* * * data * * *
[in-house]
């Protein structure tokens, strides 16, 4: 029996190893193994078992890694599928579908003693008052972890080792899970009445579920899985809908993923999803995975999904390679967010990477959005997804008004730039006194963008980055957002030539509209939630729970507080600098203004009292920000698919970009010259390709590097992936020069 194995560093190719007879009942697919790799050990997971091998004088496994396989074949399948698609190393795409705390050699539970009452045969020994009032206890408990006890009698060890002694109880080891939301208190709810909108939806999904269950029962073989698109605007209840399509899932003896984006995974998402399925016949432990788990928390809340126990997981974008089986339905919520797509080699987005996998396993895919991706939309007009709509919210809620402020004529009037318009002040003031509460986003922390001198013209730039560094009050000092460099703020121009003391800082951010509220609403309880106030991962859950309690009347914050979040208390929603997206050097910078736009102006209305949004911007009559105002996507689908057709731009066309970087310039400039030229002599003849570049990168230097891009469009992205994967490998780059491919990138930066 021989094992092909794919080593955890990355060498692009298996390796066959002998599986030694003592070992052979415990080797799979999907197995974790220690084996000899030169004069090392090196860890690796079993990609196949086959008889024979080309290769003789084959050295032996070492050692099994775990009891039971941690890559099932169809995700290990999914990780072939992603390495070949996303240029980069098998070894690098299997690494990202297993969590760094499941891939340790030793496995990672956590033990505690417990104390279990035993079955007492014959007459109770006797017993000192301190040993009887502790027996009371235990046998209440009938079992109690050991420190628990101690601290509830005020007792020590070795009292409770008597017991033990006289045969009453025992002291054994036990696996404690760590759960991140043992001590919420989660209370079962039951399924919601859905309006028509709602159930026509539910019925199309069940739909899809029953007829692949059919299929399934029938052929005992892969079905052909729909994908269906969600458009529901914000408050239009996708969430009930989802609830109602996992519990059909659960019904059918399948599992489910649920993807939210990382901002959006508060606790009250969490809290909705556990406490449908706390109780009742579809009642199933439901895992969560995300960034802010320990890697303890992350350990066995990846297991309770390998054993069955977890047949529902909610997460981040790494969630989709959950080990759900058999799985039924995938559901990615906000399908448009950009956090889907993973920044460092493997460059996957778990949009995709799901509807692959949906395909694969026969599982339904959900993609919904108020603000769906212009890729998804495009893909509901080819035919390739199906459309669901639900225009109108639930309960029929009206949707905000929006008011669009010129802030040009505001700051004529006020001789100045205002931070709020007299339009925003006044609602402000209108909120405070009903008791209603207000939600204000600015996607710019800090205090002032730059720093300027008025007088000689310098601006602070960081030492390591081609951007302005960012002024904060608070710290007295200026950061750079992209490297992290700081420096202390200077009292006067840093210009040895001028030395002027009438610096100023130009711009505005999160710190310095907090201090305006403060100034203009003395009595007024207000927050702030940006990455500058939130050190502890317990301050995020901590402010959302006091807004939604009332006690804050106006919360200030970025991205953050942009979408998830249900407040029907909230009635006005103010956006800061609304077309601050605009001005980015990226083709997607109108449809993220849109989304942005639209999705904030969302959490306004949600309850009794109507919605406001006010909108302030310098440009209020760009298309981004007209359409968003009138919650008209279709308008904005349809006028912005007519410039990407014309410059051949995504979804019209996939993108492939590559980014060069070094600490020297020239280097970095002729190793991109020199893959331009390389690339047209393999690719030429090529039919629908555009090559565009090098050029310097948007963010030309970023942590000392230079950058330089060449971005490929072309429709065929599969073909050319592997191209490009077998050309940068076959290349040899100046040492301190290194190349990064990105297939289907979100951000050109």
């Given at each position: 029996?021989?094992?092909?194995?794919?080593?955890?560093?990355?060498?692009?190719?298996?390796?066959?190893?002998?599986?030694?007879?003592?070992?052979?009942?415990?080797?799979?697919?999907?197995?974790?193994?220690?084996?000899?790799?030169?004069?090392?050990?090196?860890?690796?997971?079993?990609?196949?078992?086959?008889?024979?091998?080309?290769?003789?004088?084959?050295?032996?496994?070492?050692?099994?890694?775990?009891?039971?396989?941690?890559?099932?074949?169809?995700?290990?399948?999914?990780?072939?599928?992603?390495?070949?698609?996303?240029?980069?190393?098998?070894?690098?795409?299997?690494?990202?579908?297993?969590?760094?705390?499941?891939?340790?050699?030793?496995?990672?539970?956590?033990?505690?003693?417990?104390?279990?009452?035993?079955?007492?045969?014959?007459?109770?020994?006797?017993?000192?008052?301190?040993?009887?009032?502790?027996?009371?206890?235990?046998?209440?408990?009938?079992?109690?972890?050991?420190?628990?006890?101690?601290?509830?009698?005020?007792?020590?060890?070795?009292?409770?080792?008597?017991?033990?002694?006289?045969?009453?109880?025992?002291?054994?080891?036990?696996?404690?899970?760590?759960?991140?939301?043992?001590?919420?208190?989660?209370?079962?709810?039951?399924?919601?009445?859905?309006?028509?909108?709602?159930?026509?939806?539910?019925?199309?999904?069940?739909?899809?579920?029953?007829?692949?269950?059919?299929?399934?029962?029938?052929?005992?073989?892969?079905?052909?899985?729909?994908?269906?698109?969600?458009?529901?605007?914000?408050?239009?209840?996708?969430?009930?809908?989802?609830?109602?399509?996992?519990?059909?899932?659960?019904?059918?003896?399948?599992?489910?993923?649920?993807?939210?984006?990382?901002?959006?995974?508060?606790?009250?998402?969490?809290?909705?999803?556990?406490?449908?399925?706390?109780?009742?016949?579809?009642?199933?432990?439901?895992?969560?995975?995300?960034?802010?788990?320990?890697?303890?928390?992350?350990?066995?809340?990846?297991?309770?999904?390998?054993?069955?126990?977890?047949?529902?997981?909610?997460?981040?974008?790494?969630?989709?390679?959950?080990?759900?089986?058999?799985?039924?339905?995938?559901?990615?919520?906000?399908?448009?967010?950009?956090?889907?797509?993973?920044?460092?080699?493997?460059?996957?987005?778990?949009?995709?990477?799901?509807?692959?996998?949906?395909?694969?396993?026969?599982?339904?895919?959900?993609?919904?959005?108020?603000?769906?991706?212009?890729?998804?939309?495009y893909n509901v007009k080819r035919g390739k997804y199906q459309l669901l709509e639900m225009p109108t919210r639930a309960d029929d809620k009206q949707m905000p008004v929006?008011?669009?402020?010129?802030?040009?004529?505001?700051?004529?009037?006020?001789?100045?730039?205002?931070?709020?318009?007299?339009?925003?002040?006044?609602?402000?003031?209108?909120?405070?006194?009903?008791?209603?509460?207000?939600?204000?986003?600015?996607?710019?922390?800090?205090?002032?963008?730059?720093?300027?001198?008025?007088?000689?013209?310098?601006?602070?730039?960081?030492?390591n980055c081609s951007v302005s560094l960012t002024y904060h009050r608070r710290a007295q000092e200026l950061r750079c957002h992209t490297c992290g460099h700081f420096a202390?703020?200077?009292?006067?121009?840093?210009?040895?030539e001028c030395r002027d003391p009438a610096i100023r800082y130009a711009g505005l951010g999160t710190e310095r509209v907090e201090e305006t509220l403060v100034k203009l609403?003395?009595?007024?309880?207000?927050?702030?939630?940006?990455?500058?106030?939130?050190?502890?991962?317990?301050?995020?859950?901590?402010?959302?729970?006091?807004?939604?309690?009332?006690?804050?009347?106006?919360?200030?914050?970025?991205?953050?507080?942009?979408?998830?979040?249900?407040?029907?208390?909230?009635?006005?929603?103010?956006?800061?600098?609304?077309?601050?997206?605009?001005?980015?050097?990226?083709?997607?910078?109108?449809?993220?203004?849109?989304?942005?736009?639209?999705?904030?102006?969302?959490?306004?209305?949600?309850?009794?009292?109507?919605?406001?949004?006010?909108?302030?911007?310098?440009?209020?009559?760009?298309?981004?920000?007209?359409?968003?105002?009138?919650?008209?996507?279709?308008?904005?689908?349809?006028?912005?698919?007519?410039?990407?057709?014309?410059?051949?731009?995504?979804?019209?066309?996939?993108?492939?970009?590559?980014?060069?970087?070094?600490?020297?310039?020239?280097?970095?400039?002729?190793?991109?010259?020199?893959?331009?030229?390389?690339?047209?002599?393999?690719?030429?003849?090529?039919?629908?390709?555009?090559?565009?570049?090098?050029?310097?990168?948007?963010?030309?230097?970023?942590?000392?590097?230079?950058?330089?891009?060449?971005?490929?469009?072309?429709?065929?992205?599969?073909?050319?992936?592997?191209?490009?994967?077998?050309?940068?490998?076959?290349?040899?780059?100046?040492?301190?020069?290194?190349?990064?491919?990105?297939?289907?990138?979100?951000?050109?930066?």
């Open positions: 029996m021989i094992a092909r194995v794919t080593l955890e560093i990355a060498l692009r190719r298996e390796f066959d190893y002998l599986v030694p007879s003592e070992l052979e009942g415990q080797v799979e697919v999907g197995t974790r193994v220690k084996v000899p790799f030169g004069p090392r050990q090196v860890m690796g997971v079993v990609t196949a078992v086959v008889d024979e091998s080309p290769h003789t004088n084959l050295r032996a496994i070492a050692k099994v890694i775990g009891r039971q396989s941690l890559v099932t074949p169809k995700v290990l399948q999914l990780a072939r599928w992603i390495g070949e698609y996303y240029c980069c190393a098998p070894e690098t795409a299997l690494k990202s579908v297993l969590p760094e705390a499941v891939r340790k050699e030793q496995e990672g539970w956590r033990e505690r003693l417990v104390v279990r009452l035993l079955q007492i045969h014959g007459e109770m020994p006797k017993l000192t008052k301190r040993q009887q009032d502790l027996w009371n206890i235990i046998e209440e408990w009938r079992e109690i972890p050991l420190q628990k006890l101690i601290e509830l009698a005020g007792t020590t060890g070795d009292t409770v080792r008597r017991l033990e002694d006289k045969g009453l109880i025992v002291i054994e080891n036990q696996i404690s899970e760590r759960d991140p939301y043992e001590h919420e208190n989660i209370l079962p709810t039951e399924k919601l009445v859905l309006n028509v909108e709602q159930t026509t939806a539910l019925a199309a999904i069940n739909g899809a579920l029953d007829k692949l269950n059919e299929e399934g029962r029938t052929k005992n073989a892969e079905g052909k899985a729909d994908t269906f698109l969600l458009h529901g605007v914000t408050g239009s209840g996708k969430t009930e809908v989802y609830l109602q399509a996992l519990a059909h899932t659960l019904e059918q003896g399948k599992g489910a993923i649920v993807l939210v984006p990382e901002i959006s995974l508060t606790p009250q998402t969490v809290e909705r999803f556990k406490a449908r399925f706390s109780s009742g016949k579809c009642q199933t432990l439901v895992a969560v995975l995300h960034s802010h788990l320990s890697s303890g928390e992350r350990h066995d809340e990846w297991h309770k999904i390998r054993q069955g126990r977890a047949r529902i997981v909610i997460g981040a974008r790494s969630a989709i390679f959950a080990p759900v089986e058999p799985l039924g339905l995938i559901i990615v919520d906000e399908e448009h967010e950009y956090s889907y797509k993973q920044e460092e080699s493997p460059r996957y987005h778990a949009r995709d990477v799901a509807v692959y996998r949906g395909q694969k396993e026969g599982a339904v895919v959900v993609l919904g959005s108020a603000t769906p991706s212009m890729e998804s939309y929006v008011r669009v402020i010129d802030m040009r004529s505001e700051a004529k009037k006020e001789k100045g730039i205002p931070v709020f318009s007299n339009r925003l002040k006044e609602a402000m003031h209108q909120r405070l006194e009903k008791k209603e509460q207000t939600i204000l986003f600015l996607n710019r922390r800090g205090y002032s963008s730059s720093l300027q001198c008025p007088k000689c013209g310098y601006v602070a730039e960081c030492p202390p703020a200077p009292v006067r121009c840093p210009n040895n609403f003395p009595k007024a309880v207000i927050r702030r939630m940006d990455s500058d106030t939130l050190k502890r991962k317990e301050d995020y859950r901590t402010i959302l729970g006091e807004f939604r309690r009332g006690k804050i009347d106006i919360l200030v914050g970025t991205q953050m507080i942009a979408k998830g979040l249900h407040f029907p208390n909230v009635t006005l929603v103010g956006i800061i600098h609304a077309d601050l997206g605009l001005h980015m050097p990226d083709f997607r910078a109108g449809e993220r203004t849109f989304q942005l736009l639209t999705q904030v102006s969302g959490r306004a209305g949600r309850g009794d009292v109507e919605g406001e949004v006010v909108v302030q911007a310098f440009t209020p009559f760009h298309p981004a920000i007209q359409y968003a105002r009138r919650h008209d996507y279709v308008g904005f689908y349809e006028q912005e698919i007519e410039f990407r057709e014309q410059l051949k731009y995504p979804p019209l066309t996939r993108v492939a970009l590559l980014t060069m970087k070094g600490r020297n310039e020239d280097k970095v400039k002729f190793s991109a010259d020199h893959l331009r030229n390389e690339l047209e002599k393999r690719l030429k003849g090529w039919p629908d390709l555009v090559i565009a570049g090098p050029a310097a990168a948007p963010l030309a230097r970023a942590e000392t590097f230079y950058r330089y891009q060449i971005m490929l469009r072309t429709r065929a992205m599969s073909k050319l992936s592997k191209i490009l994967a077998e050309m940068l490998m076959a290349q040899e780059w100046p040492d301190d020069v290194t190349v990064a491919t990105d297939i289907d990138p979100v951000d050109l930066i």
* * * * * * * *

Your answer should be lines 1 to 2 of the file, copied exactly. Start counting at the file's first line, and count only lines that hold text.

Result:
[in-house]
């Protein structure tokens, strides 16, 4: 029996190893193994078992890694599928579908003693008052972890080792899970009445579920899985809908993923999803995975999904390679967010990477959005997804008004730039006194963008980055957002030539509209939630729970507080600098203004009292920000698919970009010259390709590097992936020069 194995560093190719007879009942697919790799050990997971091998004088496994396989074949399948698609190393795409705390050699539970009452045969020994009032206890408990006890009698060890002694109880080891939301208190709810909108939806999904269950029962073989698109605007209840399509899932003896984006995974998402399925016949432990788990928390809340126990997981974008089986339905919520797509080699987005996998396993895919991706939309007009709509919210809620402020004529009037318009002040003031509460986003922390001198013209730039560094009050000092460099703020121009003391800082951010509220609403309880106030991962859950309690009347914050979040208390929603997206050097910078736009102006209305949004911007009559105002996507689908057709731009066309970087310039400039030229002599003849570049990168230097891009469009992205994967490998780059491919990138930066 021989094992092909794919080593955890990355060498692009298996390796066959002998599986030694003592070992052979415990080797799979999907197995974790220690084996000899030169004069090392090196860890690796079993990609196949086959008889024979080309290769003789084959050295032996070492050692099994775990009891039971941690890559099932169809995700290990999914990780072939992603390495070949996303240029980069098998070894690098299997690494990202297993969590760094499941891939340790030793496995990672956590033990505690417990104390279990035993079955007492014959007459109770006797017993000192301190040993009887502790027996009371235990046998209440009938079992109690050991420190628990101690601290509830005020007792020590070795009292409770008597017991033990006289045969009453025992002291054994036990696996404690760590759960991140043992001590919420989660209370079962039951399924919601859905309006028509709602159930026509539910019925199309069940739909899809029953007829692949059919299929399934029938052929005992892969079905052909729909994908269906969600458009529901914000408050239009996708969430009930989802609830109602996992519990059909659960019904059918399948599992489910649920993807939210990382901002959006508060606790009250969490809290909705556990406490449908706390109780009742579809009642199933439901895992969560995300960034802010320990890697303890992350350990066995990846297991309770390998054993069955977890047949529902909610997460981040790494969630989709959950080990759900058999799985039924995938559901990615906000399908448009950009956090889907993973920044460092493997460059996957778990949009995709799901509807692959949906395909694969026969599982339904959900993609919904108020603000769906212009890729998804495009893909509901080819035919390739199906459309669901639900225009109108639930309960029929009206949707905000929006008011669009010129802030040009505001700051004529006020001789100045205002931070709020007299339009925003006044609602402000209108909120405070009903008791209603207000939600204000600015996607710019800090205090002032730059720093300027008025007088000689310098601006602070960081030492390591081609951007302005960012002024904060608070710290007295200026950061750079992209490297992290700081420096202390200077009292006067840093210009040895001028030395002027009438610096100023130009711009505005999160710190310095907090201090305006403060100034203009003395009595007024207000927050702030940006990455500058939130050190502890317990301050995020901590402010959302006091807004939604009332006690804050106006919360200030970025991205953050942009979408998830249900407040029907909230009635006005103010956006800061609304077309601050605009001005980015990226083709997607109108449809993220849109989304942005639209999705904030969302959490306004949600309850009794109507919605406001006010909108302030310098440009209020760009298309981004007209359409968003009138919650008209279709308008904005349809006028912005007519410039990407014309410059051949995504979804019209996939993108492939590559980014060069070094600490020297020239280097970095002729190793991109020199893959331009390389690339047209393999690719030429090529039919629908555009090559565009090098050029310097948007963010030309970023942590000392230079950058330089060449971005490929072309429709065929599969073909050319592997191209490009077998050309940068076959290349040899100046040492301190290194190349990064990105297939289907979100951000050109």